What a difference a decade and some thoughtful development plans have made. Today, Old Tarr, the region’s first registered distillery (1866), has been converted into the Manchester Music Hall, while James E. Pepper has reopened and for the first time in 60 years is producing bourbon.

Over the next few years, the distillery’s Rickhouse, where the barrels are aged, will be redeveloped into a complex of coffee shops, restaurants and retail that will play off the dynamics of the district’s rich past.

Radical renaissance

Dynamic is a good way to describe the radical renaissance that has made the Distillery District Lexington’s hippest ’hood — an area of industrial chic where baby boomers, Gen Xers and millennials congregate convivially.

They tour the Pepper Distillery, where for $20, they view the custom-made Vendome copper still; see and sniff the four fermenting vats, bubbling away like an out-of-control science experiment; sample “white dog” right out of the still, and end by sipping the finished product (bourbon and rye) in the tasting room.

If they prefer, they can taste their bourbon in a saloon-like building that was once the actual break room for employees of the Pepper Distillery.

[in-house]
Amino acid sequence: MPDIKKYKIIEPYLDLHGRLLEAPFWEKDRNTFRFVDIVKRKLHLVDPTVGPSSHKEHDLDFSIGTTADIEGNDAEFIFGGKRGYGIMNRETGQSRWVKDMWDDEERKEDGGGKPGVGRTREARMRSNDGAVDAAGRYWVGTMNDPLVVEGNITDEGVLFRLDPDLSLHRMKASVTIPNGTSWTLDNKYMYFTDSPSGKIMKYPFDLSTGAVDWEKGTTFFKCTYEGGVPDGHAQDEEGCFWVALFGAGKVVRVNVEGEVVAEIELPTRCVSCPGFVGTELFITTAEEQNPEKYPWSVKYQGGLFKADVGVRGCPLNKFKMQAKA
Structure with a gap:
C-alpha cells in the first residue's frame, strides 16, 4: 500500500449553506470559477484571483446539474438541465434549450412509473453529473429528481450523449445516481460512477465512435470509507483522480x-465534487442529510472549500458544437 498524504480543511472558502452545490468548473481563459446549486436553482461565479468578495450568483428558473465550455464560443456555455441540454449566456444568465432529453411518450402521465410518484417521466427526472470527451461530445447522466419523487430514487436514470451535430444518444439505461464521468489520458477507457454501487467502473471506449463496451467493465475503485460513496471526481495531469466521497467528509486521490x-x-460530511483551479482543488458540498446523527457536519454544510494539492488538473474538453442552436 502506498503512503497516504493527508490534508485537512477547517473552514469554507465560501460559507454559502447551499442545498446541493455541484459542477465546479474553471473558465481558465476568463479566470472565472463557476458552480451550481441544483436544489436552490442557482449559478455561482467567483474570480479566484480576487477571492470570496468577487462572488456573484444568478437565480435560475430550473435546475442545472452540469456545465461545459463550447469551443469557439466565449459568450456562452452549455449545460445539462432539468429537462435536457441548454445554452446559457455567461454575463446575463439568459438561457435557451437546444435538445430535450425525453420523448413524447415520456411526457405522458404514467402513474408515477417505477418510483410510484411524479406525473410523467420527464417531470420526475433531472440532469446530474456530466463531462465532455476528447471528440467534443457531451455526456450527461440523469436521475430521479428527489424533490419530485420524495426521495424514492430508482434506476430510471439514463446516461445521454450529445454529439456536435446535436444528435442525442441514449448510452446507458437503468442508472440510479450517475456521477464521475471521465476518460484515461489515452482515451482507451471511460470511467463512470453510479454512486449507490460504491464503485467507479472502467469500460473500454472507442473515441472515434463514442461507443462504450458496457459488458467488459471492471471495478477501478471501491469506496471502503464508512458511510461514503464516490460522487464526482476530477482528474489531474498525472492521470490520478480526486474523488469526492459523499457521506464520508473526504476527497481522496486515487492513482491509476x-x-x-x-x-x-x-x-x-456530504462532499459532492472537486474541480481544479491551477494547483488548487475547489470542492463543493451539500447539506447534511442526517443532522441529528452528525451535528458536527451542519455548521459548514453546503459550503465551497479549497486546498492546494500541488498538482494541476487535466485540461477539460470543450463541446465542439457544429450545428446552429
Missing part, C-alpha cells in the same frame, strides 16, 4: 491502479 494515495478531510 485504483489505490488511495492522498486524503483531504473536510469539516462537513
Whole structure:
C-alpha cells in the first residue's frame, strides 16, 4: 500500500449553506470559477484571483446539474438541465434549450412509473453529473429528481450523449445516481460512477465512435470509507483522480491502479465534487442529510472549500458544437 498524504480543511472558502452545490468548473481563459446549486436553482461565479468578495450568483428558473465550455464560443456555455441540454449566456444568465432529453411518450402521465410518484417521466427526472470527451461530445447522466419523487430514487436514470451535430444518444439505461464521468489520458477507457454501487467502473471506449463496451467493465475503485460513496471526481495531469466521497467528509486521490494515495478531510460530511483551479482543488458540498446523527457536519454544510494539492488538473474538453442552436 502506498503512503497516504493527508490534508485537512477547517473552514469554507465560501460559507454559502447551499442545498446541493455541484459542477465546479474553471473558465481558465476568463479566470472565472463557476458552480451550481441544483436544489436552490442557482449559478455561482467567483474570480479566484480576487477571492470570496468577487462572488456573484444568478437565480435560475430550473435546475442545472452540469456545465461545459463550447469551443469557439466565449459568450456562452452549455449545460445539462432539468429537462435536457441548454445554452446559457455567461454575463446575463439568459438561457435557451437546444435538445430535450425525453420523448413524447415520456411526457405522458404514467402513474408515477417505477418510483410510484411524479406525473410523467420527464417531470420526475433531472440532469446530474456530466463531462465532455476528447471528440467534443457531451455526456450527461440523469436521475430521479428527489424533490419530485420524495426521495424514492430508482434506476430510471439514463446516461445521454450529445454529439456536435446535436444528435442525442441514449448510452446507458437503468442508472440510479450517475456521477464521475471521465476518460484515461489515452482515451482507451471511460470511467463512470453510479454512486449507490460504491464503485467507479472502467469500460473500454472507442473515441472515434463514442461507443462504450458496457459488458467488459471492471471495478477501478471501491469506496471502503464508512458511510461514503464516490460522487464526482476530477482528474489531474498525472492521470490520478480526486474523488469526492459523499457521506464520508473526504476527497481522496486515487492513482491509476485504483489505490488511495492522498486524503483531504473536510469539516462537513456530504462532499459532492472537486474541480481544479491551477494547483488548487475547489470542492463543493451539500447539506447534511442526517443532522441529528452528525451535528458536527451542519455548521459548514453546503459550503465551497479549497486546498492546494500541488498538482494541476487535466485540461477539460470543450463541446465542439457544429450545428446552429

They enjoy a meal at Middle Fork Kitchen in surroundings that feature exposed brick and steel girders, an open wood-fired grill and a bar that runs the length of the dining area; at Goodfellas Pizzeria, where one patron aptly described the breadsticks as being “as long as your arm,” or from one of the omnipresent food trucks.

The visitors belly up to the bar at Crank & Boom Ice Cream Lounge, which People magazine recently anointed one of the best ice cream parlors in America. “Bartenders,” clad in T-shirts with the slogan, “Here Comes the Boom,” offer them any of 18 flavors, including the bestseller, Bourbon and Honey, a combination of Buffalo Trace bourbon and a local honey.

Toa Green, whose business card identifies her as owner and Chief Happiness Officer, chose the Distillery District for Crank & Boom because she needed a location as nontraditional as her brand.